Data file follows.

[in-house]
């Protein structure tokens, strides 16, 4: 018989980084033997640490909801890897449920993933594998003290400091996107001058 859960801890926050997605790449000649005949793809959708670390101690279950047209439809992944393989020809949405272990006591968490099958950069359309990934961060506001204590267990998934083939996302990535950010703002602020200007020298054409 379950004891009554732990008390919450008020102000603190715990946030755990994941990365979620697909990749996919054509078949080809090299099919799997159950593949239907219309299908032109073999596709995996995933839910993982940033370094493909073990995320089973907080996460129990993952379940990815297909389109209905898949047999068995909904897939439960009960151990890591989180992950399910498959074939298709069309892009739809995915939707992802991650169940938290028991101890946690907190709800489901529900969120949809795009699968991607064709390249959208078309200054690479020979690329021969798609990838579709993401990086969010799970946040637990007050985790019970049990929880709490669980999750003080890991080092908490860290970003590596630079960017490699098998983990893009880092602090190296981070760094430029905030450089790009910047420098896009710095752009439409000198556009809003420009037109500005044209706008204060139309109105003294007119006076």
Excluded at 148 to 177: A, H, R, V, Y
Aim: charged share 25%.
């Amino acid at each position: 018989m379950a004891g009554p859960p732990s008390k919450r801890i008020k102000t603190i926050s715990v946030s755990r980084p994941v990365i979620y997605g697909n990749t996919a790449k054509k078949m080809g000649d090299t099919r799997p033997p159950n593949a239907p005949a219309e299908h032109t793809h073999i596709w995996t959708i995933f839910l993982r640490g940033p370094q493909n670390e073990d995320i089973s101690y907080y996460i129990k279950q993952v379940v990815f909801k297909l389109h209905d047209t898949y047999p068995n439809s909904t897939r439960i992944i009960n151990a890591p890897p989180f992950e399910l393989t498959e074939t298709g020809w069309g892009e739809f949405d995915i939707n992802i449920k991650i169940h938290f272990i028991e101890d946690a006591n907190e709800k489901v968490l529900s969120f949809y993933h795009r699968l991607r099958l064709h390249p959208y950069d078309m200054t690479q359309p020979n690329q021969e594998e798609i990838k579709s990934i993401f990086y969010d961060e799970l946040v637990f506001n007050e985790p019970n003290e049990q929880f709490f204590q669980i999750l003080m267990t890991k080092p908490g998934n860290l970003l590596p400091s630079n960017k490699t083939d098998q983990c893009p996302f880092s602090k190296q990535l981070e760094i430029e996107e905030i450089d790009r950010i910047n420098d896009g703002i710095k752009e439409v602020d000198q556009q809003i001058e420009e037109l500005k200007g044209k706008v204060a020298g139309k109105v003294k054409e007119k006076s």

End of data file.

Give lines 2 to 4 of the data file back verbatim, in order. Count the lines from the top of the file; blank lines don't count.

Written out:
């Protein structure tokens, strides 16, 4: 018989980084033997640490909801890897449920993933594998003290400091996107001058 859960801890926050997605790449000649005949793809959708670390101690279950047209439809992944393989020809949405272990006591968490099958950069359309990934961060506001204590267990998934083939996302990535950010703002602020200007020298054409 379950004891009554732990008390919450008020102000603190715990946030755990994941990365979620697909990749996919054509078949080809090299099919799997159950593949239907219309299908032109073999596709995996995933839910993982940033370094493909073990995320089973907080996460129990993952379940990815297909389109209905898949047999068995909904897939439960009960151990890591989180992950399910498959074939298709069309892009739809995915939707992802991650169940938290028991101890946690907190709800489901529900969120949809795009699968991607064709390249959208078309200054690479020979690329021969798609990838579709993401990086969010799970946040637990007050985790019970049990929880709490669980999750003080890991080092908490860290970003590596630079960017490699098998983990893009880092602090190296981070760094430029905030450089790009910047420098896009710095752009439409000198556009809003420009037109500005044209706008204060139309109105003294007119006076």
Excluded at 148 to 177: A, H, R, V, Y
Aim: charged share 25%.